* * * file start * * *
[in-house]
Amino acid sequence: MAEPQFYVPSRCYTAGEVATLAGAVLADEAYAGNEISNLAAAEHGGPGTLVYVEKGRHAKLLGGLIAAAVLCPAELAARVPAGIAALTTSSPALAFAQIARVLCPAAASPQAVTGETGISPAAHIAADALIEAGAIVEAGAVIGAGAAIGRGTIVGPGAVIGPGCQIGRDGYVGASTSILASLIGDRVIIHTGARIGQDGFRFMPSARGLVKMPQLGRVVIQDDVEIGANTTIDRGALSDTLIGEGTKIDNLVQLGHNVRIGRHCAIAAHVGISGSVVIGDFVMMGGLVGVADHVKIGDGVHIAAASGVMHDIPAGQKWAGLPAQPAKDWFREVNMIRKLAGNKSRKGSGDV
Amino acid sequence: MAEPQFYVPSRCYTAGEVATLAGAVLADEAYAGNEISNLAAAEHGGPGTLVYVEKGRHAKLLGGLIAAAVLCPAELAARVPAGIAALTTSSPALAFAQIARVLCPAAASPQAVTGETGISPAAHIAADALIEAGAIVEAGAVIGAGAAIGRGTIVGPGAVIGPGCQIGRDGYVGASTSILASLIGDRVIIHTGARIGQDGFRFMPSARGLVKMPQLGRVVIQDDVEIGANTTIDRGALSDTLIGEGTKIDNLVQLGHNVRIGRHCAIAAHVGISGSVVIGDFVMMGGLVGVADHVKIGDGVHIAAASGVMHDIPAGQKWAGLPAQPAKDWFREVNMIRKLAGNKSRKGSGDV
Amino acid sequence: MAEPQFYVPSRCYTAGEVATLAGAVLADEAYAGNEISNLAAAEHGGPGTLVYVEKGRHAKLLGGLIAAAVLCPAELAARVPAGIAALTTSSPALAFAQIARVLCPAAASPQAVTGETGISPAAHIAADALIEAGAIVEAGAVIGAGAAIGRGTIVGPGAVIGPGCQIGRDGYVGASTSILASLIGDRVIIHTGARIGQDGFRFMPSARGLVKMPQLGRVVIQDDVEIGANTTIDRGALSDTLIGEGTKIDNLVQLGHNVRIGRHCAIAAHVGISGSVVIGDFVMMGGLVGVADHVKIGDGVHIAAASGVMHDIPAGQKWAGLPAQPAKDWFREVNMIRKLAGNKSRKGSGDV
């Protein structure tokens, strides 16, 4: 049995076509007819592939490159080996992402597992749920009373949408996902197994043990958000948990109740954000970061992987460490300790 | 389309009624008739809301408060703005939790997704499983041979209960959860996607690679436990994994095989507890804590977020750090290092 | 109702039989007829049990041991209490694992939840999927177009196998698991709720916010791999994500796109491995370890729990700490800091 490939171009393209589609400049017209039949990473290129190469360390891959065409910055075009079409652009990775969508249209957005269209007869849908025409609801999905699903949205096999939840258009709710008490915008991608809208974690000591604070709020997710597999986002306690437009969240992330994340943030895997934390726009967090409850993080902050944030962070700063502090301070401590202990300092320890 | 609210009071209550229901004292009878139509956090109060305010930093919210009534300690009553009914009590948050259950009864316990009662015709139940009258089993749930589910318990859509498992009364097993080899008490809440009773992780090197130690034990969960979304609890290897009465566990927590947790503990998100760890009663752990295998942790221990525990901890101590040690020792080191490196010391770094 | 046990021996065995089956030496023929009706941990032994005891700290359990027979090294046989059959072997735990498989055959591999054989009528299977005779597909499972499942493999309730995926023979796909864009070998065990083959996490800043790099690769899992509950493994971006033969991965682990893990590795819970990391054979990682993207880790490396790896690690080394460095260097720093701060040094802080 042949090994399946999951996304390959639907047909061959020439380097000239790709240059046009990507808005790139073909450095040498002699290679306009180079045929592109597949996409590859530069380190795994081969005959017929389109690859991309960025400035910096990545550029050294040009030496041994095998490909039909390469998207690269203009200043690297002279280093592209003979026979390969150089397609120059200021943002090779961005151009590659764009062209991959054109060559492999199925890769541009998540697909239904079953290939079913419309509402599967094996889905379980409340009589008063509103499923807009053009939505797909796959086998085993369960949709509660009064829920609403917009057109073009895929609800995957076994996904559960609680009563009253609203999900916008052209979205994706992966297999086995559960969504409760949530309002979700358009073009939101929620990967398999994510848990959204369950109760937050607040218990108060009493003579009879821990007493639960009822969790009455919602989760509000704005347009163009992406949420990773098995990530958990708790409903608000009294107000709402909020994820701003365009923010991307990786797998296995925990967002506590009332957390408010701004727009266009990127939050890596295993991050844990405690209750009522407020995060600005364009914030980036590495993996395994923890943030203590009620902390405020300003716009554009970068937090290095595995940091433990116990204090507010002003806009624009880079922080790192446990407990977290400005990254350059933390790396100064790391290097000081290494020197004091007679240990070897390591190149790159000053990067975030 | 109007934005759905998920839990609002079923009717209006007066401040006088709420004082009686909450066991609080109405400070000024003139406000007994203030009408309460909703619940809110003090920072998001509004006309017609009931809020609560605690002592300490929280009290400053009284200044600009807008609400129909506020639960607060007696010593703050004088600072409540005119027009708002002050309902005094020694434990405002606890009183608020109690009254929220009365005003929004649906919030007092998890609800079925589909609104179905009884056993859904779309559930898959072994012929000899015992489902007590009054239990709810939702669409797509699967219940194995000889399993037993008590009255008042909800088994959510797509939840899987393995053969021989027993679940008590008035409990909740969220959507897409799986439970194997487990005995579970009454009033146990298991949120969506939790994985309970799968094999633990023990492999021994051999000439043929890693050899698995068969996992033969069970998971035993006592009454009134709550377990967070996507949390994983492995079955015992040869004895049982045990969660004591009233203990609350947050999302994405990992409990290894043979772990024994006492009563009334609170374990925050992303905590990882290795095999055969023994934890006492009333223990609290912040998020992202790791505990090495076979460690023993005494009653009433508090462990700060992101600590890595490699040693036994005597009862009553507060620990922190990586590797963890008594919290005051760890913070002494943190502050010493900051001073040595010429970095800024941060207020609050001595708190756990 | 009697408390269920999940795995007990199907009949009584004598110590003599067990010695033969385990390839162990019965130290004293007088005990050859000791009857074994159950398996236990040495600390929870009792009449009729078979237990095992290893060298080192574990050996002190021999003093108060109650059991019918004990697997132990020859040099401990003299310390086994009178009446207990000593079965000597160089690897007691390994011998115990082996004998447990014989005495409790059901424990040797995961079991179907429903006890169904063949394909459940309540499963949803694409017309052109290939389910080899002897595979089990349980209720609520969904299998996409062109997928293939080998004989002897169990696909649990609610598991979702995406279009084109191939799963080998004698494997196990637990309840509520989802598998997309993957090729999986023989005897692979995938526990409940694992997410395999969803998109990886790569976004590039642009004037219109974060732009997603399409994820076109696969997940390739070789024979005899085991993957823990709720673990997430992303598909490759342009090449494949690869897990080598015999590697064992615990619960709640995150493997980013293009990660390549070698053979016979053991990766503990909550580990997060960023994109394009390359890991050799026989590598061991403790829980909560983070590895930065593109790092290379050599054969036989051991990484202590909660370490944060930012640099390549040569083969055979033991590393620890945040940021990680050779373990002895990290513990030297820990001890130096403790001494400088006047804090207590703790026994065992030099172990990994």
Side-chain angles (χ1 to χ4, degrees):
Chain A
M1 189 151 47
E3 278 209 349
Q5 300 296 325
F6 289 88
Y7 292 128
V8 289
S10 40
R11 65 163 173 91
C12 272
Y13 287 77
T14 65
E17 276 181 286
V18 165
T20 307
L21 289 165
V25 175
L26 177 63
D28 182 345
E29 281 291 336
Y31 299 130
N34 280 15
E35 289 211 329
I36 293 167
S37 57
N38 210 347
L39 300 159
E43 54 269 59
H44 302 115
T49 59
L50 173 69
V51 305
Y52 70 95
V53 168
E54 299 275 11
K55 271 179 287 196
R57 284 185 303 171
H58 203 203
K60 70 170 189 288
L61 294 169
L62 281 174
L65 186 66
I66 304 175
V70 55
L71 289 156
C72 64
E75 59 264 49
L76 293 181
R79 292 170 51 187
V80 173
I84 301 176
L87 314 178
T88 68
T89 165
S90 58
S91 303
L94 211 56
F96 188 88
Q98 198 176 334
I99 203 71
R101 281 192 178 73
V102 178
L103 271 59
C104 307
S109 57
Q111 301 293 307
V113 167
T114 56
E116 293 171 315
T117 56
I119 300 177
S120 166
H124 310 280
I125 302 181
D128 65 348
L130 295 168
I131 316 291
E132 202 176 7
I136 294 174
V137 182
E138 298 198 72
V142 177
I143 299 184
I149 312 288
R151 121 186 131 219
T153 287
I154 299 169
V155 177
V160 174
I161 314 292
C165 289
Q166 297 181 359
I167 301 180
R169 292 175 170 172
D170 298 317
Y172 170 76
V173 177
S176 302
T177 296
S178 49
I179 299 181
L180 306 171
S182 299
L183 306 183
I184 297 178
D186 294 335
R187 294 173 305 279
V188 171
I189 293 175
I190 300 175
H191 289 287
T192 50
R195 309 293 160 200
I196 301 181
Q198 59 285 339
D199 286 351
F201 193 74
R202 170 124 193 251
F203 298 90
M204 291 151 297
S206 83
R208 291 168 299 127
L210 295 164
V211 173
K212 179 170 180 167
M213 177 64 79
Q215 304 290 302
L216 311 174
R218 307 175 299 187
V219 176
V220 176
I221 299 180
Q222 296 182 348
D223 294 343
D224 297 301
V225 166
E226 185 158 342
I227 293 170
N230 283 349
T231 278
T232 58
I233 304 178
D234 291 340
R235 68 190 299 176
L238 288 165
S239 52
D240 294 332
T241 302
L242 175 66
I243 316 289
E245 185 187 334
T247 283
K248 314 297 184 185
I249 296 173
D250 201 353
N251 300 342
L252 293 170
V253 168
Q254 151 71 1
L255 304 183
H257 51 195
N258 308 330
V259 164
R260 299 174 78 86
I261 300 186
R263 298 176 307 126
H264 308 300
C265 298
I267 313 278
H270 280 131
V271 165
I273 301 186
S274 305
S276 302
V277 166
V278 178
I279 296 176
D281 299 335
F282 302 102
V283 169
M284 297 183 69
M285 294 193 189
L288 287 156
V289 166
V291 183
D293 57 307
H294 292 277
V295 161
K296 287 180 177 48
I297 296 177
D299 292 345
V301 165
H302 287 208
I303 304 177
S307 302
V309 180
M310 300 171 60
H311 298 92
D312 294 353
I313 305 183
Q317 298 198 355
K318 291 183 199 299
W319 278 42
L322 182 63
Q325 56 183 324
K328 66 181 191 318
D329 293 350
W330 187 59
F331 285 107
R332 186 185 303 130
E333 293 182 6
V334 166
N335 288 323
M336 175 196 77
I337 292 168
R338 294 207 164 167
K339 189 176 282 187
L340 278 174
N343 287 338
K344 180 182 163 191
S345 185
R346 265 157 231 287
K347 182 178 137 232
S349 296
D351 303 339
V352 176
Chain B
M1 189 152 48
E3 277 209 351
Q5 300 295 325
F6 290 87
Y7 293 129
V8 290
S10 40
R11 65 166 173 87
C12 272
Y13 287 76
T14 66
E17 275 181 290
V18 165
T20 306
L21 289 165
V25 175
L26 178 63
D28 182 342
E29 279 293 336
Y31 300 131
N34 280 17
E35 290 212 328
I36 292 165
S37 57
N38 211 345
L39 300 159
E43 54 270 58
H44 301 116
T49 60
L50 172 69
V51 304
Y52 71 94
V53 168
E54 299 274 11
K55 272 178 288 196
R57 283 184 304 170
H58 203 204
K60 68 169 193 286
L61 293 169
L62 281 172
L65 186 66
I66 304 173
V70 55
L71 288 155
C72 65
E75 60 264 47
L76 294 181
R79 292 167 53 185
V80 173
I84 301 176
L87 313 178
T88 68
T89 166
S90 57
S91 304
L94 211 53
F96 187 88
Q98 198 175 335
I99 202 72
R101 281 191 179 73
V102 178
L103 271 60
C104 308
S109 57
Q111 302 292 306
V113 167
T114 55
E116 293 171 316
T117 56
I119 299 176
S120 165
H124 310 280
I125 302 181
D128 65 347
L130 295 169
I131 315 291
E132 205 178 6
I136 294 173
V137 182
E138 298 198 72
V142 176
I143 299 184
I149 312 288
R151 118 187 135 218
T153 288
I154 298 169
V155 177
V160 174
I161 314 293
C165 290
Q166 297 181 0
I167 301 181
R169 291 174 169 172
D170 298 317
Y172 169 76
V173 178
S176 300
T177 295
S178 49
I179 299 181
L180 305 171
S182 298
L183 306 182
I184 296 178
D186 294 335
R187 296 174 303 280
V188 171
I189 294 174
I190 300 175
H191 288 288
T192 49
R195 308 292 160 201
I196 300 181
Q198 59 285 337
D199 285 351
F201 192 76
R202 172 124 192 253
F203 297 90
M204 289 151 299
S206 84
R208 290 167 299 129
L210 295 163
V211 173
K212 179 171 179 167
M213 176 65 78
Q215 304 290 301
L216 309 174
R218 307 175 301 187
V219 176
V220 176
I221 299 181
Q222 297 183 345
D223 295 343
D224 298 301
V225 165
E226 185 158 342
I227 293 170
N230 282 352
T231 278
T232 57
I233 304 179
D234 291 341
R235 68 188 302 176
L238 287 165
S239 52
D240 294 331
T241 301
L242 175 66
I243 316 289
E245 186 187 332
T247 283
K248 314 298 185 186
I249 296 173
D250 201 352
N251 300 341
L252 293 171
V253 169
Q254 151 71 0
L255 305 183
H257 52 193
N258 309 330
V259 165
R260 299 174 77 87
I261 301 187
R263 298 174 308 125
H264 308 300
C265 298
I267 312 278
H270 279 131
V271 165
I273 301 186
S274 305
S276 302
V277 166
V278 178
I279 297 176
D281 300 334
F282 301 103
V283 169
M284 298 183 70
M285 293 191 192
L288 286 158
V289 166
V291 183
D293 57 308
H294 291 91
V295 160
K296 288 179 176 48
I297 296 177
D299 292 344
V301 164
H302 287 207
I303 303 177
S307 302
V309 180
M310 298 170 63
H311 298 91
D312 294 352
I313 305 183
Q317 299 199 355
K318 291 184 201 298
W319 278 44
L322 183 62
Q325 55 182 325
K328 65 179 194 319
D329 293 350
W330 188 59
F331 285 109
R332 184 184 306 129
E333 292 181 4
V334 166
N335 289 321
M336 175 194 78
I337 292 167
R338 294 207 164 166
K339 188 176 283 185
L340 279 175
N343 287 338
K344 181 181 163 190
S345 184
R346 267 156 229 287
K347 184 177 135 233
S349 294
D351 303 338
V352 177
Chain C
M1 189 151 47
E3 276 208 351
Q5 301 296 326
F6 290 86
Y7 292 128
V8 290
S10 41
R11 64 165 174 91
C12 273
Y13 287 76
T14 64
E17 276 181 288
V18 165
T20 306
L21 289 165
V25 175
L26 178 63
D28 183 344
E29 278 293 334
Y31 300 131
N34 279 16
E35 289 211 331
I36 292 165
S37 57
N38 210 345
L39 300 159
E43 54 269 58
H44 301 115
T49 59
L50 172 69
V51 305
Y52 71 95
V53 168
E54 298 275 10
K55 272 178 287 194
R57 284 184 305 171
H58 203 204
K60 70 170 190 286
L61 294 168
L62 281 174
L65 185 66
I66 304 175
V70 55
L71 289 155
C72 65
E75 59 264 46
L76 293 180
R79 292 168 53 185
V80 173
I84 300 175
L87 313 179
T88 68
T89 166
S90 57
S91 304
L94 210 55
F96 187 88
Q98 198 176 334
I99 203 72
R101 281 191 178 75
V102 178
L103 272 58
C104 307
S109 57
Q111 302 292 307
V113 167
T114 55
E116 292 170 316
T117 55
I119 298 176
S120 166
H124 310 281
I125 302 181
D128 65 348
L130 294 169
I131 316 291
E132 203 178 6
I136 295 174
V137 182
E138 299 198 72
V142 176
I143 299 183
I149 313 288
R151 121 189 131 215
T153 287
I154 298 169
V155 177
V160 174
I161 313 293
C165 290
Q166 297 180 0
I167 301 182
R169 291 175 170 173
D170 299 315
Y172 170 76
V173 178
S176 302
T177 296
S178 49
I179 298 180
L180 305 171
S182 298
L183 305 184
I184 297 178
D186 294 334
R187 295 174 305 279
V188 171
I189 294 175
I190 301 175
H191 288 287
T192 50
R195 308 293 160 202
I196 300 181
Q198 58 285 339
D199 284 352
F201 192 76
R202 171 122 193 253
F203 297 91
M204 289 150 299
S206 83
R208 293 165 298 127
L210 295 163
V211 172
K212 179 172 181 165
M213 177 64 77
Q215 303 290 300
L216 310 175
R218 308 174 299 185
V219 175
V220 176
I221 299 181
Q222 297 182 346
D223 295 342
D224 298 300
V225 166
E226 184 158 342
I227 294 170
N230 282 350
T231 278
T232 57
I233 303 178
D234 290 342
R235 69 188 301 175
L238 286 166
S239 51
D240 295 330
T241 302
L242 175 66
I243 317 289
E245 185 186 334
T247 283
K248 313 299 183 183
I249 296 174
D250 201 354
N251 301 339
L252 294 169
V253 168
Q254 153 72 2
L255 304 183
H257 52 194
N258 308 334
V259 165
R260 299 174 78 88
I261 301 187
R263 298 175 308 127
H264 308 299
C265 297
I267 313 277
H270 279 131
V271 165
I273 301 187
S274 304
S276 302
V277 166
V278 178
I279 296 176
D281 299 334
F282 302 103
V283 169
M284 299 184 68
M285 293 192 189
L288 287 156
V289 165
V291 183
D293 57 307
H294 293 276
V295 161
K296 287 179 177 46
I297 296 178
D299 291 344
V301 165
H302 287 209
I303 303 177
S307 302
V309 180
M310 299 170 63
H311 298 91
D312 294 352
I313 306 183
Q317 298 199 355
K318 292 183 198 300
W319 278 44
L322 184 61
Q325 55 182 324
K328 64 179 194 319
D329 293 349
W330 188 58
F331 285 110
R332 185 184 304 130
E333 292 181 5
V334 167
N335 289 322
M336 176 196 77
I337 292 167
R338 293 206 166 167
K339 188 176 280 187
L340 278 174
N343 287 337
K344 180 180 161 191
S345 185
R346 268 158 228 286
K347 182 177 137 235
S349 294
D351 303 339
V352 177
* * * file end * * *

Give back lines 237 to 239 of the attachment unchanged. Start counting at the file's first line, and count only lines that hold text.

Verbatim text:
F6 290 87
Y7 293 129
V8 290